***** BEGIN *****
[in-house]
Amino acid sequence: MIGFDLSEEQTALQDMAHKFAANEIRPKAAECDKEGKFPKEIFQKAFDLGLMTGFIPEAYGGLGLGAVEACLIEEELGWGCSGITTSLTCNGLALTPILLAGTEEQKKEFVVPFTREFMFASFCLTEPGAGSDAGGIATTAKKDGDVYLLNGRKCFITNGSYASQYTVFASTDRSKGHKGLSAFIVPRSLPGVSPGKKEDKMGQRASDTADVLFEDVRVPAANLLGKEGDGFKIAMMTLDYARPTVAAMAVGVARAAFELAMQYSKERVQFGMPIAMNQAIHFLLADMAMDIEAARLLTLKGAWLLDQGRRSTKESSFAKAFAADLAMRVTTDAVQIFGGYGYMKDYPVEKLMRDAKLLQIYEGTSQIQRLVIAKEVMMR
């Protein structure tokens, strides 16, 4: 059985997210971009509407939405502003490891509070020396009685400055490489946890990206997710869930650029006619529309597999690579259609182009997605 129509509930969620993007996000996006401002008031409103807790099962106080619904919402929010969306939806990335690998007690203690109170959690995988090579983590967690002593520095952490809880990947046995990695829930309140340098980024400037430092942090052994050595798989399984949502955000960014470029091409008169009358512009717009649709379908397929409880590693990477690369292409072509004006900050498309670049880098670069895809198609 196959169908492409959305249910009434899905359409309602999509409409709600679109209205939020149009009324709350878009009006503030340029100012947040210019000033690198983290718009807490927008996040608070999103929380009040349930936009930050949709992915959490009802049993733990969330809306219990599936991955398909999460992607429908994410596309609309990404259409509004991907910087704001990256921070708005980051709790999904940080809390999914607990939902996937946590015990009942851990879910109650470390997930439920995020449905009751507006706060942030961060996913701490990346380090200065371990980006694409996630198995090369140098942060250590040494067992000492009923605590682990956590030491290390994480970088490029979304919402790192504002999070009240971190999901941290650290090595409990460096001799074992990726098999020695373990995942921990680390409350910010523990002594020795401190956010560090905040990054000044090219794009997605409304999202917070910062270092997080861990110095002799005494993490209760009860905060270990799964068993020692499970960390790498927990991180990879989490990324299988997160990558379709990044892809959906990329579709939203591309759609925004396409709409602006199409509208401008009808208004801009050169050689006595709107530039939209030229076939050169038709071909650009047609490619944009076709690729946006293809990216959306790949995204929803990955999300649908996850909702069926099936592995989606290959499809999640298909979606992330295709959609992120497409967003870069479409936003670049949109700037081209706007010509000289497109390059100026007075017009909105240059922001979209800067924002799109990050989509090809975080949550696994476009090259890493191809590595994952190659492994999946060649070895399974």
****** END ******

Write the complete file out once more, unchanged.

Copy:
[in-house]
Amino acid sequence: MIGFDLSEEQTALQDMAHKFAANEIRPKAAECDKEGKFPKEIFQKAFDLGLMTGFIPEAYGGLGLGAVEACLIEEELGWGCSGITTSLTCNGLALTPILLAGTEEQKKEFVVPFTREFMFASFCLTEPGAGSDAGGIATTAKKDGDVYLLNGRKCFITNGSYASQYTVFASTDRSKGHKGLSAFIVPRSLPGVSPGKKEDKMGQRASDTADVLFEDVRVPAANLLGKEGDGFKIAMMTLDYARPTVAAMAVGVARAAFELAMQYSKERVQFGMPIAMNQAIHFLLADMAMDIEAARLLTLKGAWLLDQGRRSTKESSFAKAFAADLAMRVTTDAVQIFGGYGYMKDYPVEKLMRDAKLLQIYEGTSQIQRLVIAKEVMMR
């Protein structure tokens, strides 16, 4: 059985997210971009509407939405502003490891509070020396009685400055490489946890990206997710869930650029006619529309597999690579259609182009997605 129509509930969620993007996000996006401002008031409103807790099962106080619904919402929010969306939806990335690998007690203690109170959690995988090579983590967690002593520095952490809880990947046995990695829930309140340098980024400037430092942090052994050595798989399984949502955000960014470029091409008169009358512009717009649709379908397929409880590693990477690369292409072509004006900050498309670049880098670069895809198609 196959169908492409959305249910009434899905359409309602999509409409709600679109209205939020149009009324709350878009009006503030340029100012947040210019000033690198983290718009807490927008996040608070999103929380009040349930936009930050949709992915959490009802049993733990969330809306219990599936991955398909999460992607429908994410596309609309990404259409509004991907910087704001990256921070708005980051709790999904940080809390999914607990939902996937946590015990009942851990879910109650470390997930439920995020449905009751507006706060942030961060996913701490990346380090200065371990980006694409996630198995090369140098942060250590040494067992000492009923605590682990956590030491290390994480970088490029979304919402790192504002999070009240971190999901941290650290090595409990460096001799074992990726098999020695373990995942921990680390409350910010523990002594020795401190956010560090905040990054000044090219794009997605409304999202917070910062270092997080861990110095002799005494993490209760009860905060270990799964068993020692499970960390790498927990991180990879989490990324299988997160990558379709990044892809959906990329579709939203591309759609925004396409709409602006199409509208401008009808208004801009050169050689006595709107530039939209030229076939050169038709071909650009047609490619944009076709690729946006293809990216959306790949995204929803990955999300649908996850909702069926099936592995989606290959499809999640298909979606992330295709959609992120497409967003870069479409936003670049949109700037081209706007010509000289497109390059100026007075017009909105240059922001979209800067924002799109990050989509090809975080949550696994476009090259890493191809590595994952190659492994999946060649070895399974």